Roosevelt: A Study in Ambivalence

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Jackson Press, Incorporated, 1919 - 159 pages

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Page 88 - ... spirits of devils, working miracles, which go forth unto the kings of the earth and of the whole world, to gather them to the battle of that great day of God Almighty.
Page 88 - And the beast which I saw was like unto a leopard, and his feet were as the feet of a bear, and his mouth as the mouth of a lion; and the dragon gave him his power, and his seat, and great authority.
Page 143 - But evil things, in robes of sorrow, Assailed the monarch's high estate. (Ah, let us mourn ! — for never morrow Shall dawn upon him desolate!) And round about his home the glory That blushed and bloomed, Is but a dim-remembered story Of the old time entombed.
Page 144 - The leader for the time being, whoever he may be, is but an instrument, to be used until broken and then to be cast aside; and if he is worth his salt he will care no more when he is broken than a soldier cares when he is sent where his 222 life is forfeit in order that the victory may be won. In the long fight for righteousness the watchword for all of us is spend and be spent.
Page 143 - But evil things in robes of sorrow, Assailed the monarch's high estate ; (Ah, let us mourn, for never morrow Shall dawn upon him, desolate !) And round about his home the glory That blushed and bloomed Is but a dim-remembered story Of the old time entombed. VI And travellers now within that valley Through the red-litten windows see Vast forms that move fantastically To a discordant melody ; While, like a ghastly rapid river, Through the pale door A hideous throng rush out forever, And laugh — but...
Page 50 - Literature, art, and science," so Shaw sums up the matter, "are free of frontiers, and those who exploit them politically are traitors to the greatest republic in the world: the Republic of Art and Science." Other narrow loyalties, such as those to particular social classes and artistic cliques, seem to grow upon us here in America almost in proportion as we draw closer to Europe; so that as the dangers of the pioneer stage decline, those of snobbism increase.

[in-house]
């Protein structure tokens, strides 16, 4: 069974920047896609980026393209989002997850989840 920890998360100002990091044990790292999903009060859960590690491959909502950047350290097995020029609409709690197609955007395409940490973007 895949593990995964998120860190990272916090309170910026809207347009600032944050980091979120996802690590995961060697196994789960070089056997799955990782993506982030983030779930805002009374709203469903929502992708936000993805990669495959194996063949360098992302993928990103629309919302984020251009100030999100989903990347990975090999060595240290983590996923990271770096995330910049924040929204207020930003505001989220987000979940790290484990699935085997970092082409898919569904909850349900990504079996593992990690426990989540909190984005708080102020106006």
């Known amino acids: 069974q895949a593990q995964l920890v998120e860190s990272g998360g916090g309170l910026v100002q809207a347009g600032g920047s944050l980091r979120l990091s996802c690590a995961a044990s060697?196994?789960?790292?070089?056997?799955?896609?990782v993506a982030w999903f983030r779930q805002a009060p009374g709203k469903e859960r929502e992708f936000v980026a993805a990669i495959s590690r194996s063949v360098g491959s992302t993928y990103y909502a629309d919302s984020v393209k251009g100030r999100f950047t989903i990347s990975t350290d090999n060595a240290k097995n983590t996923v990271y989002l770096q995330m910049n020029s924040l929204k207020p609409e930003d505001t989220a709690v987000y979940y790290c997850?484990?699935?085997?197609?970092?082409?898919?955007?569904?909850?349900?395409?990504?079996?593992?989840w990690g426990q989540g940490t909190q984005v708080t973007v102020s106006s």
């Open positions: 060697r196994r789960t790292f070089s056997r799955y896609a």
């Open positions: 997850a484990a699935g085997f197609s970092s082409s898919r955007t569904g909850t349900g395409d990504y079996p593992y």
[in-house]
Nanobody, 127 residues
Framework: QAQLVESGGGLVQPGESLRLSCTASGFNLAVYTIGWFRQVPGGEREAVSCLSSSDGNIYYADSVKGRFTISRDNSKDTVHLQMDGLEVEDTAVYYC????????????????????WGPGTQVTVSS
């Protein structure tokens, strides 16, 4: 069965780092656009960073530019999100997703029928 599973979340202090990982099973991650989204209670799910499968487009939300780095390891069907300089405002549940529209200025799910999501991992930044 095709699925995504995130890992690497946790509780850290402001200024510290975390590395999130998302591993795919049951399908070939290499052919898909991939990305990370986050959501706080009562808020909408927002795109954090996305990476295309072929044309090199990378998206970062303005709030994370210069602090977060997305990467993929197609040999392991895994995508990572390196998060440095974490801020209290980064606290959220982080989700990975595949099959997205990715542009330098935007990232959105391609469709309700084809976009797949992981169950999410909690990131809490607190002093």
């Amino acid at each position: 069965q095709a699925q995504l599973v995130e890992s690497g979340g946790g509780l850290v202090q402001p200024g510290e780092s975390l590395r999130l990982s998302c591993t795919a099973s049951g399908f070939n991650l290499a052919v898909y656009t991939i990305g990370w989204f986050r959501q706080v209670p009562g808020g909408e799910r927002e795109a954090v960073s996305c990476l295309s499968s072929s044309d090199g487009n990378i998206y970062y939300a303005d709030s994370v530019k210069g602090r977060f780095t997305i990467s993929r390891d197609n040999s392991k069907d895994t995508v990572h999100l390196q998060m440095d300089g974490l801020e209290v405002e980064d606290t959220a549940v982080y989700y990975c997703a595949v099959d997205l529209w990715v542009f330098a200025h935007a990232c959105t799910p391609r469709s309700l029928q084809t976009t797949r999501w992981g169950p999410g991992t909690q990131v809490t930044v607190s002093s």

Page 144 - Seton. leader for the time being, whoever he may be, is but an instrument, to be used until broken and then to be cast aside; and if he is worth his salt he will care no more when he is broken than a soldier cares when he is sent where his life is forfeit in order that the victory may be won. In the long fight for righteousness the watchword for all of us, is spend and be spent.
Page 5 - Bravely drain, then fling away, Break the cup of sorrow! Courage! He who lost the day May have won the morrow.
Page 62 - We here in America, hold in our hands the hope of the world, the fate of the coming years; and shame and disgrace will be ours if in our eyes tlie light of high resolve is dimmed, if we trail in the dust the golden hopes of men.
Page 16 - The relation between the two is that of cause and effect. The one necessarily gave birth to the other.

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